• On the the last two nights of the festival (Friday, 8-24 and Saturday, 8-25), a special tall bamboo bonfire by the sea is lit, and Gohei (decorative strips of white paper used in Shinto rituals) that fall from the top of the structure are scrambled for by brave men wearing loincloths. It is believed that the person who catches a Gohei strip will achieve success in everything he does. It’s not rare for men to scramble into the burning embers of a just burned tower to grab a strip at a chance of wealth and good fortune.

If you’d like to forge your own path in terms of festival planning, make sure to take a peek at the Wajima Taisai event page: http://www.city.wajima.ishikawa.jp/kanko2/maturi/taisai.html
 
 
Transportation:
 
Depending on where you’re coming from, it’s quite easy to get to Wajima.
 
By Bus from Kanazawa:
Ø  Buses leave for Wajima from Kanazawa station roughly once every hour throughout the day, 7 days a week, from PLATFORM 1 from the East Exit (the main exit with the big wooden gate).  It takes 2 hours each way and costs 2200 yen one way (3950 yen round trip, if you purchase beforehand in the Station).  Pay when you get off in Wajima. 
Ø  Bus times from Kanazawa Station Platform 1 to Wajima: 7:20, 8:50, 10:00, 12:35, 13:35, 14:35, 15:35, 16:35, 17:35, 18:35, 20:10
Ø  Bus times from Wajima to Kanazawa Station Platform 1: 5:35, 6:40, 8:10, 9:10, 10:10, 11:10, 12:10, 14:00, 15:30, 16:40, 18:10
 
By Car from Kanazawa, Nanao, Anamizu, Tsubata, etc:
If you’re going by car, just take the Noto Yuryo toll road. Make sure to take the Anamizu Exit on the Yuryo and at the first intersection, take a left and then follow the road signs to Wajima (they’re all in English, so you shouldn’t get lost). The tolls from Kanazawa to Wajima cost about 1600 yen round trip (it’s much cheaper if you’re coming from anywhere in the Noto), so I suggest carpooling with some buds to keep costs down.  There is plenty of free parking at the Wajima Station.

Once again, for more information make sure to take a peek at the Wajima Taisai event page: http://www.city.wajima.ishikawa.jp/kanko2/maturi/taisai.html

Please come out and partake in the festivities, if you can!  It’s a great primer for Ishikawa’s festivals and also an excellent break from life at school or your BoE.
 
Happy Travels!

Alex will be a second-year ALT in Suzu. Where’s that you ask? Oh, it’s in the Noto. You know … the place with rice fields … and kiriko. That’s the one.

Smartphone Apps for Living in Japan

Everyone told you to get a smartphone for your Ishikawa JET tenure, but whether you’re running iOS or Android, your phone is only as useful as the apps you put on it.  Here are some recommendations to get you started or to make your life a little easier.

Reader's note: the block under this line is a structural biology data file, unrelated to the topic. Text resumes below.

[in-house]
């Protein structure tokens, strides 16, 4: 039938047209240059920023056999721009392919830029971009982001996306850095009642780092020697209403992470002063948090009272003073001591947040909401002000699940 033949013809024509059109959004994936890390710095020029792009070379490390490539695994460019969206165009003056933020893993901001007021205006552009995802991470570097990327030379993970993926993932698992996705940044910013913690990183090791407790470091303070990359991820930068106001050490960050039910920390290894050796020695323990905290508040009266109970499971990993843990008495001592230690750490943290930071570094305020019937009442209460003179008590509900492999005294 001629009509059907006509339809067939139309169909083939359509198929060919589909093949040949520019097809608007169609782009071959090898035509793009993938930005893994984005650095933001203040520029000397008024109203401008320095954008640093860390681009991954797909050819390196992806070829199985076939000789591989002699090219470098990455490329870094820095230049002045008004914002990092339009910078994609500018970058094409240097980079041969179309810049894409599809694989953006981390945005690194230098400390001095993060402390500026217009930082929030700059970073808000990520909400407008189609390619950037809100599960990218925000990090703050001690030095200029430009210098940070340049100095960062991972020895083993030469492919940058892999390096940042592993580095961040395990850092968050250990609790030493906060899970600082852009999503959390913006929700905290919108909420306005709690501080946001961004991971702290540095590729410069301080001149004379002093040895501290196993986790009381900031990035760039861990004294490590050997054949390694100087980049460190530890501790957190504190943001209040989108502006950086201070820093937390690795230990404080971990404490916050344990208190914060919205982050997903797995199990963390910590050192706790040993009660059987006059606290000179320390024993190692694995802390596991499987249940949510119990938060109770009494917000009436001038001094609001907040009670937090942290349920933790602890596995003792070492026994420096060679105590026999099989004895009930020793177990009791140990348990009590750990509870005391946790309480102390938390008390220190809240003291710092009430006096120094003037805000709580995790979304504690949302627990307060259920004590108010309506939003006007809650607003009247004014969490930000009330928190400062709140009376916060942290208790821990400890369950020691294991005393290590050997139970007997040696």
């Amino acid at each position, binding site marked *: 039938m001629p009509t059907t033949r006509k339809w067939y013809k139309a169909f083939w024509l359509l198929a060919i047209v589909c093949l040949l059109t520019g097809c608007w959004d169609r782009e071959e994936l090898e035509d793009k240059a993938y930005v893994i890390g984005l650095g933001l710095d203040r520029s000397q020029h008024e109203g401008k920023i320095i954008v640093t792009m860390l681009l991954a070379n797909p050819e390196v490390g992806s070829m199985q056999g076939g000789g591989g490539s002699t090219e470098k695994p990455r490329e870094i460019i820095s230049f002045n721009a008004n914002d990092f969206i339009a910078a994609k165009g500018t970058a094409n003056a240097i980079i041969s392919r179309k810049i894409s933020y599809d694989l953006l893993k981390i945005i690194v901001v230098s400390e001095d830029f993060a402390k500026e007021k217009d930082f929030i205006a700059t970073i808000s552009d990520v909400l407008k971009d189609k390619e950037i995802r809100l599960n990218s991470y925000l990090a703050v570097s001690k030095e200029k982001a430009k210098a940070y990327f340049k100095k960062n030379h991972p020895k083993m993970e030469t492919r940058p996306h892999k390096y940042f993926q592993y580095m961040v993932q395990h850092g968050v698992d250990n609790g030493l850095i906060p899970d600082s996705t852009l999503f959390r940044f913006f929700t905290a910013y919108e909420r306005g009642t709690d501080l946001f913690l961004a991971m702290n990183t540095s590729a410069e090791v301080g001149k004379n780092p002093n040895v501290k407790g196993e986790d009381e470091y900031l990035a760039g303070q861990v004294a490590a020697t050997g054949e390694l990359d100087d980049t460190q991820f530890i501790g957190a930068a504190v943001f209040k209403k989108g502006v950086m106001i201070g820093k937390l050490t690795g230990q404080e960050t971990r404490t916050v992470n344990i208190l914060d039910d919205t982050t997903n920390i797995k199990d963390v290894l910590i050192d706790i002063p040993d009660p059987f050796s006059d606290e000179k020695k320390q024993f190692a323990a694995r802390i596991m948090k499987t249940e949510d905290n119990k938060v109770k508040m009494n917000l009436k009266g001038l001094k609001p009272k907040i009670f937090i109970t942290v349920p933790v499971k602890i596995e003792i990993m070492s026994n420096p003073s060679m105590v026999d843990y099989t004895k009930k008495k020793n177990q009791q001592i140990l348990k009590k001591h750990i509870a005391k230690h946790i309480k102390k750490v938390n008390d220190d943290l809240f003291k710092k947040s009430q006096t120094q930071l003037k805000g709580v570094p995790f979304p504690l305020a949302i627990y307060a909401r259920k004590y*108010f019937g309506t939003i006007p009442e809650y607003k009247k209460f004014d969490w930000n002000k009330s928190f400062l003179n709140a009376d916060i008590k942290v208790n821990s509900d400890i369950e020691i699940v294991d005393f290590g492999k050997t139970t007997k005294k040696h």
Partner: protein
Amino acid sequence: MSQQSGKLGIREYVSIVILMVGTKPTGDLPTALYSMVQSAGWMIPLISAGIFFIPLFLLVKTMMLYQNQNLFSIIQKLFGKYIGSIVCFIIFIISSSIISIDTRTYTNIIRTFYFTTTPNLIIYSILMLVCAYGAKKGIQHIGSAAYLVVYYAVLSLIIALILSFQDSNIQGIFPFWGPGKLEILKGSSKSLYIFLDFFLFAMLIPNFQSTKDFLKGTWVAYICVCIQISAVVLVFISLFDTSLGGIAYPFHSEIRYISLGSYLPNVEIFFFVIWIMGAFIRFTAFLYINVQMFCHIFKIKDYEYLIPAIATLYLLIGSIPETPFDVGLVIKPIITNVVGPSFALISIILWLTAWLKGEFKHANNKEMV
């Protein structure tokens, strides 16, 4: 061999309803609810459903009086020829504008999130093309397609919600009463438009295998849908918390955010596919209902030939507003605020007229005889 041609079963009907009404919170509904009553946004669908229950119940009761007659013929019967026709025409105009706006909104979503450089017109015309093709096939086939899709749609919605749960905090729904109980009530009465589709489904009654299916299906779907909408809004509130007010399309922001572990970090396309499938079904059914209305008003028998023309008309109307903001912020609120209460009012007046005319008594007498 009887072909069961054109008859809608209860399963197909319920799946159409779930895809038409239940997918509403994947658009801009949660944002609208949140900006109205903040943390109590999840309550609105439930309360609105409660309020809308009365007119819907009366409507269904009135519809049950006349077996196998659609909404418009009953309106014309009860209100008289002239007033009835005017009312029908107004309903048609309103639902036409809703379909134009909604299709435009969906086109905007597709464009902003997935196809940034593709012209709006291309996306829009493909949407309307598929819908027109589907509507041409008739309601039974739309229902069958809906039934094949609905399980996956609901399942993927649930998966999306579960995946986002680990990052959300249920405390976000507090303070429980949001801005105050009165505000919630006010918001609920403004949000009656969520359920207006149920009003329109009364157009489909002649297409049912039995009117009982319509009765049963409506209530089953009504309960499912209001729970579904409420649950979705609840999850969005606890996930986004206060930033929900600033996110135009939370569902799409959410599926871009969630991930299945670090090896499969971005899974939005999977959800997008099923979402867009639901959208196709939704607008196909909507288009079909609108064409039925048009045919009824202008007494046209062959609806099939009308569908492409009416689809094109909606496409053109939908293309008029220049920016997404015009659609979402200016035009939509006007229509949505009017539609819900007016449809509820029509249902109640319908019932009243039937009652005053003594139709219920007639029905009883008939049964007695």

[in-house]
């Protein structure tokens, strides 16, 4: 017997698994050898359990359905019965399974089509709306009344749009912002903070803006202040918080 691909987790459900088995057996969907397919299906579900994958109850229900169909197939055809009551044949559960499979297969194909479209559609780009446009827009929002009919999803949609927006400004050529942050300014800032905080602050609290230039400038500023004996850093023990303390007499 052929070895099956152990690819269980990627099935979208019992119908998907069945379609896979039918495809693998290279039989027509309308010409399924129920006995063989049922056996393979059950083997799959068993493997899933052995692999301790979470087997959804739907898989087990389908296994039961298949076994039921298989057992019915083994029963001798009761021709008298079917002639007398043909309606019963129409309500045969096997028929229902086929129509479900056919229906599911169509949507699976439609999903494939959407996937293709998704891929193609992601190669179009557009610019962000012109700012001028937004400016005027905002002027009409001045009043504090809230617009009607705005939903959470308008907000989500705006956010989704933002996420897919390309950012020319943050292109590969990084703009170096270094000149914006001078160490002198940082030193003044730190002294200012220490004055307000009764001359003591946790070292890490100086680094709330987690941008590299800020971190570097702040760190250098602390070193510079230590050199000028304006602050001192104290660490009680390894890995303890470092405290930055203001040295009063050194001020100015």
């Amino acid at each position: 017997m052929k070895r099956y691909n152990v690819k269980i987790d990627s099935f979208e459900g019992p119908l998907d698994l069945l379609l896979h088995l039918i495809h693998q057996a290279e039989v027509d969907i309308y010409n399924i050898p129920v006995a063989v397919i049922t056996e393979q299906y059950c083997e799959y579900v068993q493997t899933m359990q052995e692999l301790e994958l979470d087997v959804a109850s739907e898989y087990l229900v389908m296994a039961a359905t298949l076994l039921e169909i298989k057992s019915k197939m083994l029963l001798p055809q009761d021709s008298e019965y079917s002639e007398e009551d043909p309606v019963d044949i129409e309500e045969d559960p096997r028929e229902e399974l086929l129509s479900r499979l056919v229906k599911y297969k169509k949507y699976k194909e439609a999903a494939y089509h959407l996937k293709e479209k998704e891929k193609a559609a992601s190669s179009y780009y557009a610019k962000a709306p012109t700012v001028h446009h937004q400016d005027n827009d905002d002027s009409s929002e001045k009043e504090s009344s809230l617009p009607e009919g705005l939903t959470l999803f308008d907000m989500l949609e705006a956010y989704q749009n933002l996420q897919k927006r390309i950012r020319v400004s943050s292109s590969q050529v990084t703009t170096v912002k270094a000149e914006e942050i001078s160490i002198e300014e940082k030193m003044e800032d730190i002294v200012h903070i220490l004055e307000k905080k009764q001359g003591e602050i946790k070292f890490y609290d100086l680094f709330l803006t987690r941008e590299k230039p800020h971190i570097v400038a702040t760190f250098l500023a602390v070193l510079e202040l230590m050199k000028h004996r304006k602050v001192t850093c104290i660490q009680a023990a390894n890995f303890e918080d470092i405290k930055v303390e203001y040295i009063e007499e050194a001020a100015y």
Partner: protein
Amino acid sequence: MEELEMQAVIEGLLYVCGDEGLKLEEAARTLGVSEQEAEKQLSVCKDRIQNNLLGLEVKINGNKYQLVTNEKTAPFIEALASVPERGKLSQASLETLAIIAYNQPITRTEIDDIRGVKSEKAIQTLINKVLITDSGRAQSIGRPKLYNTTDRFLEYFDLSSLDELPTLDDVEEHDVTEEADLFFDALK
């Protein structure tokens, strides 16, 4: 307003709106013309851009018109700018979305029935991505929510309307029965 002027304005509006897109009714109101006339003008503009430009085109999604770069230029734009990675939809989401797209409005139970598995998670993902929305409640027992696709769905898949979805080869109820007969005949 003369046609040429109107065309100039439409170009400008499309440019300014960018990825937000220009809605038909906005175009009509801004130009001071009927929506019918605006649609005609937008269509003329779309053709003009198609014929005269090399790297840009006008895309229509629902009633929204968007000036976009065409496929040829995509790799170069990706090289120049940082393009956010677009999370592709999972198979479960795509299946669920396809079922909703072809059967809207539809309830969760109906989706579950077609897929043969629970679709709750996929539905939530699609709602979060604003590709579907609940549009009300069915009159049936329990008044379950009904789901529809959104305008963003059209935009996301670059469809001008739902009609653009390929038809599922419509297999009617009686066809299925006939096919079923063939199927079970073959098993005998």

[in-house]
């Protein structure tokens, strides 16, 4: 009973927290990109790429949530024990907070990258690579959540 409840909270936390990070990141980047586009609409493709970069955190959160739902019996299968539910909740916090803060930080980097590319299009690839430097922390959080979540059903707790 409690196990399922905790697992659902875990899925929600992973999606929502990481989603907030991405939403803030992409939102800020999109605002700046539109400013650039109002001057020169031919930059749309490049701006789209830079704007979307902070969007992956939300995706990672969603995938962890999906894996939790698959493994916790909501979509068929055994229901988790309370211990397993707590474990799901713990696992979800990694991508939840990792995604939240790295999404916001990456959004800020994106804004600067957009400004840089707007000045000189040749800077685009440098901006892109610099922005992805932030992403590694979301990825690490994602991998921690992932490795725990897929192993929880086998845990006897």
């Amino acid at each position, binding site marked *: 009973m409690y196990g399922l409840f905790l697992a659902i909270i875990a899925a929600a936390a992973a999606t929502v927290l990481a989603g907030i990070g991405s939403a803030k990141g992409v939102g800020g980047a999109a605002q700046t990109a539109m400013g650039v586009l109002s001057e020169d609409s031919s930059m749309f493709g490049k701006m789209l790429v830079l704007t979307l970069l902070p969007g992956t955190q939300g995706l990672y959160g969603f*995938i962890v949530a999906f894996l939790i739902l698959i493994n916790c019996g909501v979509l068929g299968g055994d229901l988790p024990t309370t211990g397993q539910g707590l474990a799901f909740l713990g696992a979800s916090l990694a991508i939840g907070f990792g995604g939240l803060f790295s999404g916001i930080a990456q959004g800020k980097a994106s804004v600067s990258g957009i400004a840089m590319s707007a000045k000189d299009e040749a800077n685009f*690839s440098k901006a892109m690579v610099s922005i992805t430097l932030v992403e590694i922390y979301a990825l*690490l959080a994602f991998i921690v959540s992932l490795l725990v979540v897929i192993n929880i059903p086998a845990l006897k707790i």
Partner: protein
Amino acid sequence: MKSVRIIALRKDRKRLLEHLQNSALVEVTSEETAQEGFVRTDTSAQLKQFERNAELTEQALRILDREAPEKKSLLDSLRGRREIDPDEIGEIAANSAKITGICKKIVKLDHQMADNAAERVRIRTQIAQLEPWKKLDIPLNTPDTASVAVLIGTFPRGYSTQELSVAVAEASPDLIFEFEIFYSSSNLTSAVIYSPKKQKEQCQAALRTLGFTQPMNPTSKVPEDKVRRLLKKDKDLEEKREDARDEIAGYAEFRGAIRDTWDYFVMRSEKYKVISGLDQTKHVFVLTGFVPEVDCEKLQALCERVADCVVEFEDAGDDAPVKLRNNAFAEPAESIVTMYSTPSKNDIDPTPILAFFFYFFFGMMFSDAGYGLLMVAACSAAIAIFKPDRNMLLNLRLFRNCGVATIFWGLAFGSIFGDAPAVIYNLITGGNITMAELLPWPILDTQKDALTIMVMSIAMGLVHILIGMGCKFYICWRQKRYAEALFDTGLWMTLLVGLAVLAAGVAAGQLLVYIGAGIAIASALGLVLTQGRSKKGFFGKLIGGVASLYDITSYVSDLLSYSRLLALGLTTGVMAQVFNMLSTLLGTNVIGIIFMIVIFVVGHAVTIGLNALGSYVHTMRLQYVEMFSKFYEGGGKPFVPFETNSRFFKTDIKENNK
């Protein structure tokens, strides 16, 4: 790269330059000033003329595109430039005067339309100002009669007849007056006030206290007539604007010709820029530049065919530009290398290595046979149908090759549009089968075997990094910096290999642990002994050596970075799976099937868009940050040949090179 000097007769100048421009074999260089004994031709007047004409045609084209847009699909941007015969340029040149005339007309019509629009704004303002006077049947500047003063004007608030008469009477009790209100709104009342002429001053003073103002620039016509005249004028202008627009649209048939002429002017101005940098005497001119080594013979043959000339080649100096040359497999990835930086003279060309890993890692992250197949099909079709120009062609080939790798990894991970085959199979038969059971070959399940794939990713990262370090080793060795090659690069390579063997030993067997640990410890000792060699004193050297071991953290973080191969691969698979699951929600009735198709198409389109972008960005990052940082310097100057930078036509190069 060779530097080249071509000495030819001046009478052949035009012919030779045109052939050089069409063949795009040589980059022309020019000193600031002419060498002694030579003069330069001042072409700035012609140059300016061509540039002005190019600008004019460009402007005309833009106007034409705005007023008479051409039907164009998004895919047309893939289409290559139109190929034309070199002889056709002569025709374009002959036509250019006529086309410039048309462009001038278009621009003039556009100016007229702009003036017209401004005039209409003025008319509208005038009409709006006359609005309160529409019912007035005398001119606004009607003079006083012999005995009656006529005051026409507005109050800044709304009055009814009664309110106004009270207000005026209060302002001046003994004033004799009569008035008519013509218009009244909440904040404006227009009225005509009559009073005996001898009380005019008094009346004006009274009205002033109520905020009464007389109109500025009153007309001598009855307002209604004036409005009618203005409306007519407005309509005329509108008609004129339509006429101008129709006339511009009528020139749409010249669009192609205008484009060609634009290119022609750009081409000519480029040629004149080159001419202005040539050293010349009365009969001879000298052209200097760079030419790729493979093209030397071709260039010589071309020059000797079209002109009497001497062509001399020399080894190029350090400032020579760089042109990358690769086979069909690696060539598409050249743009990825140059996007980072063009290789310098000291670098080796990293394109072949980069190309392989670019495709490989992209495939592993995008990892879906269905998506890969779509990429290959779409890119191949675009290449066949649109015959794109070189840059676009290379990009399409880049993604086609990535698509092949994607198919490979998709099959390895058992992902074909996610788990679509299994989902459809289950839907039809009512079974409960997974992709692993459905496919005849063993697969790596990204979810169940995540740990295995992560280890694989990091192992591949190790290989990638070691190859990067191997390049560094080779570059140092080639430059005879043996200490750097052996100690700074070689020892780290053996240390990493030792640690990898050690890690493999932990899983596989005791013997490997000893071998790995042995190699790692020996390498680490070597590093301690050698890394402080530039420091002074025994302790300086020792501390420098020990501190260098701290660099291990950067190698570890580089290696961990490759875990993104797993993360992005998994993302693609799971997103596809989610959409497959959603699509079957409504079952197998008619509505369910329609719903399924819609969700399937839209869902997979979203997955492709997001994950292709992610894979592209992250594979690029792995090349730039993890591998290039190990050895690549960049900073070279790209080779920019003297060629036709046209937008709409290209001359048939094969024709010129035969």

For Both Android and iPhone

Yurekuru Call (EN and JP, free).  An earthquake warning app. Uses your location and your phone’s notification system to give you up to a minute’s warning before an earthquake is projected to hit your area. Highly recommended–it may be the only English language warning you get.

Japan Goggles  (EN, free). This nifty app uses your smartphone camera to recognize and translate kanji words. It might take a moment for the app to recognize the right kanji compound, but it’s still incredibly helpful.

iConnect (EN, free) Published by AJET, this app is a converter, phrasebook, directory, and national event guide all in one! If you miss the JET Diary, this app is for you.

Ishikawa Travel Guide (EN, Free). Uses Google Maps to show you nearby sights throughout Ishikawa. Unfortunately, the gourmet list is lacking, but the list of sightseeing spots and activities is comprehensive. Good for exploring a new part of the prefecture!

北鉄バスビュワー Hokutetsu Bus Viewer (JP, free). Japanese language bus route-finder and schedule for buses all around the prefecture. Allows you to bookmark your favorite bus routes. It can also use your current location to find nearby bus stops.

乗換案内 by Jorudan (Free, JP). Japanese only. A nationwide train route finder and schedule. Recognizes romaji place name input.  Includes a Live feature that notes train delays. The paid version, 乗換案内プラス (norikae-annai plus), is 630 yen in both stores and allows you to save routes.

EnjoyLearning Japan Map Puzzle (Free, JP).  Want to get 上手 (jouzu) at Japanese geography and prefecture names? This drag and drop prefecture map game will help. It includes hiragana readings of the prefecture names, too.

Platform-specific apps are after the jump!